The second book in the Love in Andauk series has a cover. And it has a description. We all know how I feel about covers. Here’s how I feel about writing a description. Arghhhh!
I need to take a story of thousands and thousands of words and boil it down to about two paragraphs. I need to introduce the two main characters without explaining how they end up together. I need to tell some of what happens in the book but not give away anything that happens in the book. I’m a little frustrated just thinking about it.
The blurb is how the book is marketed, and marketing is all about managing expectations. I need to sell it without overselling it. The book needs to meet or exceed expectations or people will be disappointed. But I can’t be too bland in describing the book or no one will want to read it in the first place. How do you say the book is really good but not really good? While also trying to avoid subjective adjectives altogether.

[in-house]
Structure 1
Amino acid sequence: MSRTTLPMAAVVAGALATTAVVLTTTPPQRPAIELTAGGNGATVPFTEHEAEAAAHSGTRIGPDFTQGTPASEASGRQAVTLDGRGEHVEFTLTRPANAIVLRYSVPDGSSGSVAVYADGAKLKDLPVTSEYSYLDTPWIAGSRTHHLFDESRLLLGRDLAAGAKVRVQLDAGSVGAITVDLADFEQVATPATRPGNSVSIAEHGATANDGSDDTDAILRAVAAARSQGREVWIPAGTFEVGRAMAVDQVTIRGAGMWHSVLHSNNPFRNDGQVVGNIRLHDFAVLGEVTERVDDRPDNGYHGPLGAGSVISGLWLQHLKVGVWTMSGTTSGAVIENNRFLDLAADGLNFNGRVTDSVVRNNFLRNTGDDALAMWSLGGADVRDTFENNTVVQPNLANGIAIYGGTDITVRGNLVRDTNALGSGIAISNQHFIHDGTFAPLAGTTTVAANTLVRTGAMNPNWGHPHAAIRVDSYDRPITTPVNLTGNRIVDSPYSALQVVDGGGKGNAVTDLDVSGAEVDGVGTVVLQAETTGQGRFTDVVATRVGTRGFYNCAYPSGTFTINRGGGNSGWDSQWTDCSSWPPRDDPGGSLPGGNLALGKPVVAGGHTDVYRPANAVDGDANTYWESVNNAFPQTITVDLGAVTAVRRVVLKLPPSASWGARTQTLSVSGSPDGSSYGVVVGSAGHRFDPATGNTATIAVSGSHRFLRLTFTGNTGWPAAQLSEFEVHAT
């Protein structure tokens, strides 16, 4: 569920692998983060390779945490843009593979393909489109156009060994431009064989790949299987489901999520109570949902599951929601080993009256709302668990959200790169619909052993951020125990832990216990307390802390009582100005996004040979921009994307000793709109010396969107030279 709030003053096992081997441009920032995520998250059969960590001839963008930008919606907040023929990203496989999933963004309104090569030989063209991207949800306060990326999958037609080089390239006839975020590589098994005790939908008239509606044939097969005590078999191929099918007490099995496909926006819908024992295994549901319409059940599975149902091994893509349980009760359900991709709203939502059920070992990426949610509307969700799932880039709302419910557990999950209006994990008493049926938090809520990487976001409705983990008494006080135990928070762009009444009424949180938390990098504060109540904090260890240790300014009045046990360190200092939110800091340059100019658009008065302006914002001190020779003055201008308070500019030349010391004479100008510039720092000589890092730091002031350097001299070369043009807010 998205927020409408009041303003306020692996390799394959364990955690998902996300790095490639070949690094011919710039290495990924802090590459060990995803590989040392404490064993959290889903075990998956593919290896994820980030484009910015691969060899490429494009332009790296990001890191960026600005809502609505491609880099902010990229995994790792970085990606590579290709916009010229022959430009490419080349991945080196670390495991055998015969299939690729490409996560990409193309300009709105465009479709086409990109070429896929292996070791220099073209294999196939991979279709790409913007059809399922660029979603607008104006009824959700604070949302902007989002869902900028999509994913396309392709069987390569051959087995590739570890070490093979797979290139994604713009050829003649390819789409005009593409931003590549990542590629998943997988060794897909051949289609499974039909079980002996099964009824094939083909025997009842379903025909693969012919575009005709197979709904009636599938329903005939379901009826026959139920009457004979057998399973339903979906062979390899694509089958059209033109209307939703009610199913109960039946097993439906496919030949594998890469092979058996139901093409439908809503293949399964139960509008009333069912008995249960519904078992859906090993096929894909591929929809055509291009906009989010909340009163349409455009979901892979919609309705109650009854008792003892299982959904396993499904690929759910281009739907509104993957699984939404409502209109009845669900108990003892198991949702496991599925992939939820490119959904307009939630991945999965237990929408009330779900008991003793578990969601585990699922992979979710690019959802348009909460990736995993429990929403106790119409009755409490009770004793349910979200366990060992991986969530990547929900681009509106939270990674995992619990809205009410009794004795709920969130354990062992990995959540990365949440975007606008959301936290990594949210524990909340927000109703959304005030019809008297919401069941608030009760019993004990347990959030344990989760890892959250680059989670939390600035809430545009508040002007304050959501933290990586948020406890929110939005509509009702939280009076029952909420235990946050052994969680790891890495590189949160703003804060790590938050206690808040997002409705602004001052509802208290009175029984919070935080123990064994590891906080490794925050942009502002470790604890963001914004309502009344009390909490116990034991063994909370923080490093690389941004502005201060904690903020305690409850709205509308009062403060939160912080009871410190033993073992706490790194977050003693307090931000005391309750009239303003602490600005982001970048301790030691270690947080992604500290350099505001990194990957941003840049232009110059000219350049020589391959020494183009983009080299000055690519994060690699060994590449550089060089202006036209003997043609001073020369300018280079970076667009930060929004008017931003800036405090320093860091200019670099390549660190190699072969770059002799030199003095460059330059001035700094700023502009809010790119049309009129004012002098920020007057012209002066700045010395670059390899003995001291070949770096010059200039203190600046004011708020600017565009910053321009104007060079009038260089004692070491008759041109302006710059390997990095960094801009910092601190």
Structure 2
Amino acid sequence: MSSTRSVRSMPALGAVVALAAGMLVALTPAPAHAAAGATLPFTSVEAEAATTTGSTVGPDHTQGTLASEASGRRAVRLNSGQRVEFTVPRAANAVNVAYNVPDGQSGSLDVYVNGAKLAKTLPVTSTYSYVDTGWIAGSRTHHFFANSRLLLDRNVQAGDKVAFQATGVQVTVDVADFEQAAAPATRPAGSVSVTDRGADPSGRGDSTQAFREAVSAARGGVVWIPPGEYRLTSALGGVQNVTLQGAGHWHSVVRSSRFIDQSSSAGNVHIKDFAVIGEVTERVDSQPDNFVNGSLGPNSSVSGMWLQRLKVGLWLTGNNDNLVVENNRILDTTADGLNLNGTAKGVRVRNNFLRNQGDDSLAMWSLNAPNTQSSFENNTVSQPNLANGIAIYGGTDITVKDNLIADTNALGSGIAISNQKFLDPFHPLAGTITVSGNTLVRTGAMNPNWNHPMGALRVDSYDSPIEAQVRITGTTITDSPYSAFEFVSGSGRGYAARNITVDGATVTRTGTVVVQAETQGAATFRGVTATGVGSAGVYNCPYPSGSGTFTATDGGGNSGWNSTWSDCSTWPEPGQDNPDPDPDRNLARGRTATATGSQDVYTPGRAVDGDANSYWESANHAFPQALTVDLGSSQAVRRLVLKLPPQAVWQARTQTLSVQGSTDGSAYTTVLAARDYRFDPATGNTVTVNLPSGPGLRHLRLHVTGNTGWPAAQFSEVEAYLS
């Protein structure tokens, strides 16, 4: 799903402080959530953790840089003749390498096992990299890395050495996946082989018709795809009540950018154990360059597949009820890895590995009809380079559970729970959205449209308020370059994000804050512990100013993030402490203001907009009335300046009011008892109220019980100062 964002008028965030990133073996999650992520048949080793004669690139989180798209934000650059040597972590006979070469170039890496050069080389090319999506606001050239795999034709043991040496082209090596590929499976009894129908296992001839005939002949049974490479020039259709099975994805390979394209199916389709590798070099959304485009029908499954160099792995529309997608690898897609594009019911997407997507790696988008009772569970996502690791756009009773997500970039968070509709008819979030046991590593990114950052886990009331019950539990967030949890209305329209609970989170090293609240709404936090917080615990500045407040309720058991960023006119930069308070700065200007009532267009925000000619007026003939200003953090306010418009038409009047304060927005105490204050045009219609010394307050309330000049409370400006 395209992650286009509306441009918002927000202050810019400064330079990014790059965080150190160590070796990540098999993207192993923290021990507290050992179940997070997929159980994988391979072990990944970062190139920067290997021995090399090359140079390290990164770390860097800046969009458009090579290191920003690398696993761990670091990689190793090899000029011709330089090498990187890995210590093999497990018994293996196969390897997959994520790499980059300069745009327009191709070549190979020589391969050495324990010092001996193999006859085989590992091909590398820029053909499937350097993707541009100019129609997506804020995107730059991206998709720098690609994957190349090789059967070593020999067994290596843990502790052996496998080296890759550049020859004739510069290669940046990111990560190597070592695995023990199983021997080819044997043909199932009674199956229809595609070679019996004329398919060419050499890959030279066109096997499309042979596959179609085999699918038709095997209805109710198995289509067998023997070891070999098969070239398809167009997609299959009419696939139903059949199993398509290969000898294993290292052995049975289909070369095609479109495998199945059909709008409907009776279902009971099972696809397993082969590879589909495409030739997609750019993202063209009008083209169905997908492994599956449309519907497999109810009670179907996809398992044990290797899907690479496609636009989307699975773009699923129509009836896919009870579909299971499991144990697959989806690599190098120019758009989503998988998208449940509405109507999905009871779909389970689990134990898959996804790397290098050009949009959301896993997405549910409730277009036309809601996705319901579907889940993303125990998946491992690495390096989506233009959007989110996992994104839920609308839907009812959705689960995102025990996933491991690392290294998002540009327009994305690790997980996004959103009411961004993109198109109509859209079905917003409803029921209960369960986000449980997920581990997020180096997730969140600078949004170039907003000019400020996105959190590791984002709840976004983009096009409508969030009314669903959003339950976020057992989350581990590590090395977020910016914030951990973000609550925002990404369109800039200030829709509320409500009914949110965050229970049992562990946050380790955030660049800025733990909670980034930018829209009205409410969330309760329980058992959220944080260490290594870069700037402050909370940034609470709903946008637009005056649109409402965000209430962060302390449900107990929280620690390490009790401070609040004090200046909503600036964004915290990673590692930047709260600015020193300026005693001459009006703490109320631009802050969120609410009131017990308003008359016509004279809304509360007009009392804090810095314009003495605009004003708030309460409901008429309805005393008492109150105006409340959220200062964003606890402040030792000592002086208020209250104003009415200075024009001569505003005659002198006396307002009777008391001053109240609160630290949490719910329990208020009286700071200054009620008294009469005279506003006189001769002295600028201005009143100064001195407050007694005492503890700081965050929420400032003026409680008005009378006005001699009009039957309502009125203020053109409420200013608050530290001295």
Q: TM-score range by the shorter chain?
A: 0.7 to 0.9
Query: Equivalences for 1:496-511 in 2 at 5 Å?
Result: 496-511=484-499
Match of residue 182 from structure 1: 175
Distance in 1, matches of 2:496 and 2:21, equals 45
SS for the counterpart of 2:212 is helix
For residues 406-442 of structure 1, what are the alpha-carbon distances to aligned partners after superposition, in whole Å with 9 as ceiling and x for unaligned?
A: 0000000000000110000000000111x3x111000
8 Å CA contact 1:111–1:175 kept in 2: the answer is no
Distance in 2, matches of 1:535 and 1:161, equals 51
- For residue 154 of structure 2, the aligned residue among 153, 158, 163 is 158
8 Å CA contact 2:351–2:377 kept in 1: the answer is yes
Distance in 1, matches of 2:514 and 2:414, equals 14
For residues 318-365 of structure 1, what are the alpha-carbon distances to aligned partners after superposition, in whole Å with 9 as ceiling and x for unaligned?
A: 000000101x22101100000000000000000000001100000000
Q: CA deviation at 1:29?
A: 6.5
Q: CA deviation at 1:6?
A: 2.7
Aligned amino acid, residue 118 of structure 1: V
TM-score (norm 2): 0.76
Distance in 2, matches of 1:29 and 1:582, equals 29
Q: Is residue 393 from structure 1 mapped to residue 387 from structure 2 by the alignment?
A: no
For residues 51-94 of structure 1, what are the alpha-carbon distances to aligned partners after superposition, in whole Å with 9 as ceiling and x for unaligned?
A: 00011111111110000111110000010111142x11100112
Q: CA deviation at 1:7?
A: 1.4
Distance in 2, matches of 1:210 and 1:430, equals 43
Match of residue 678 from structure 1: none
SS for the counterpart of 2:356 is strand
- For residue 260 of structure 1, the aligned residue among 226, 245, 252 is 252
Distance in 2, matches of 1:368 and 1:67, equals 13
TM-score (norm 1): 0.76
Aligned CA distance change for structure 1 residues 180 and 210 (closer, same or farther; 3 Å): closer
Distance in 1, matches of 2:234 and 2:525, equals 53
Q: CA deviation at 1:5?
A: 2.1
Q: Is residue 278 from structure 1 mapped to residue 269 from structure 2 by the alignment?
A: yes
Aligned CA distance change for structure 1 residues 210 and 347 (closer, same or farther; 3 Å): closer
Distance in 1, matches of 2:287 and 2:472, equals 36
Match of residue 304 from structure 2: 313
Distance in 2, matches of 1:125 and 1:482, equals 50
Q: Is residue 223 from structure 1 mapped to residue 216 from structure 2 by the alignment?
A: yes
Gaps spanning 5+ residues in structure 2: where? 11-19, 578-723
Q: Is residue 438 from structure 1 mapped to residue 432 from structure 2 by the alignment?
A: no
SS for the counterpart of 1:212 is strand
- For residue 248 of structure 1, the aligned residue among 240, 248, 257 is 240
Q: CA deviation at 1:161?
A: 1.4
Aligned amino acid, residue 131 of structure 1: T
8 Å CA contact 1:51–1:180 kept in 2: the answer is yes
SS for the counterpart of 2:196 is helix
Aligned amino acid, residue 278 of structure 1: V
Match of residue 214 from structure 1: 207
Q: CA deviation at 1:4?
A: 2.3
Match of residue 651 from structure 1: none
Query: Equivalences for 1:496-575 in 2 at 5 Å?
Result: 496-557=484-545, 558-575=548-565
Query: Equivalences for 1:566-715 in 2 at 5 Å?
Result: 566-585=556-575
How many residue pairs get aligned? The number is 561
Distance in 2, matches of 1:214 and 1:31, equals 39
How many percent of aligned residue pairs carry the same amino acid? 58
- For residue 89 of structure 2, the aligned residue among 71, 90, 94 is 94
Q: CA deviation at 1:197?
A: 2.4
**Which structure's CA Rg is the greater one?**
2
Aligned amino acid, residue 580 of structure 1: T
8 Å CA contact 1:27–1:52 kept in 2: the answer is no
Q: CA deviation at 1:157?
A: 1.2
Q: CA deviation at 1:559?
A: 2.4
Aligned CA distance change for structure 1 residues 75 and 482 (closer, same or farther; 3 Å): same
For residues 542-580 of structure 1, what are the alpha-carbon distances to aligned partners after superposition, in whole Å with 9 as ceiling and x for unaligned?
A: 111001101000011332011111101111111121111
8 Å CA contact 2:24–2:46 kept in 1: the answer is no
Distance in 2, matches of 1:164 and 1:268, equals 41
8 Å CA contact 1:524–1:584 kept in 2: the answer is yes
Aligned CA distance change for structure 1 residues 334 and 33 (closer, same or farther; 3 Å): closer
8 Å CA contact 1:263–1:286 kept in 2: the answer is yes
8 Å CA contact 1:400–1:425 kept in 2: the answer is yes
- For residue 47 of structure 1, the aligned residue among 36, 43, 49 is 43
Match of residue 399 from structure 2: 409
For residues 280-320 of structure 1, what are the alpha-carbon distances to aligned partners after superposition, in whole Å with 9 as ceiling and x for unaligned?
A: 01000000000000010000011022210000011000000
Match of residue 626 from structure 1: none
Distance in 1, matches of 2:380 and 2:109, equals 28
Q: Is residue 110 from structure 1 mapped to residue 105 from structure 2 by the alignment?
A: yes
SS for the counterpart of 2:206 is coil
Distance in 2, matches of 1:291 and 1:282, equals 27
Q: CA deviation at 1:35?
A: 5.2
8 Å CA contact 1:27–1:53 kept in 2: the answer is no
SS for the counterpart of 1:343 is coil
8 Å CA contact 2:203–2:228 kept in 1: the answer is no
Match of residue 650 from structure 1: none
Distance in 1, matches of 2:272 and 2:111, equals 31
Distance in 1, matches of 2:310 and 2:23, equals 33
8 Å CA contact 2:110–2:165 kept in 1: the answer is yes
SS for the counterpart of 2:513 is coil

Even if I manage that, people are different. The exact same description will provoke different reactions and expectations from the various people who read it. So I need it to sound really good but not really good to the people who will like it just a bit better than they expected to like it. How is this accomplished?
I don’t know. Here’s what I do instead. I write a brief description of the book. I come back to it a few days later and change a few words. A few days after that, I delete the second paragraph. I think about it longer, then rewrite that second paragraph. I immediately add a word to the first sentence that I think makes all the difference. A few days after that, I change that word. Then I sit and stare at what I’ve written for a while. That doesn’t help, by the way. I delete a sentence and let the blurb sit a few more days. When I come back, I decide that sentence was actually good but don’t remember the exact wording. I start over and end up writing something pretty close to what I had before I started over. That’s when I figure I’ve done the best I can.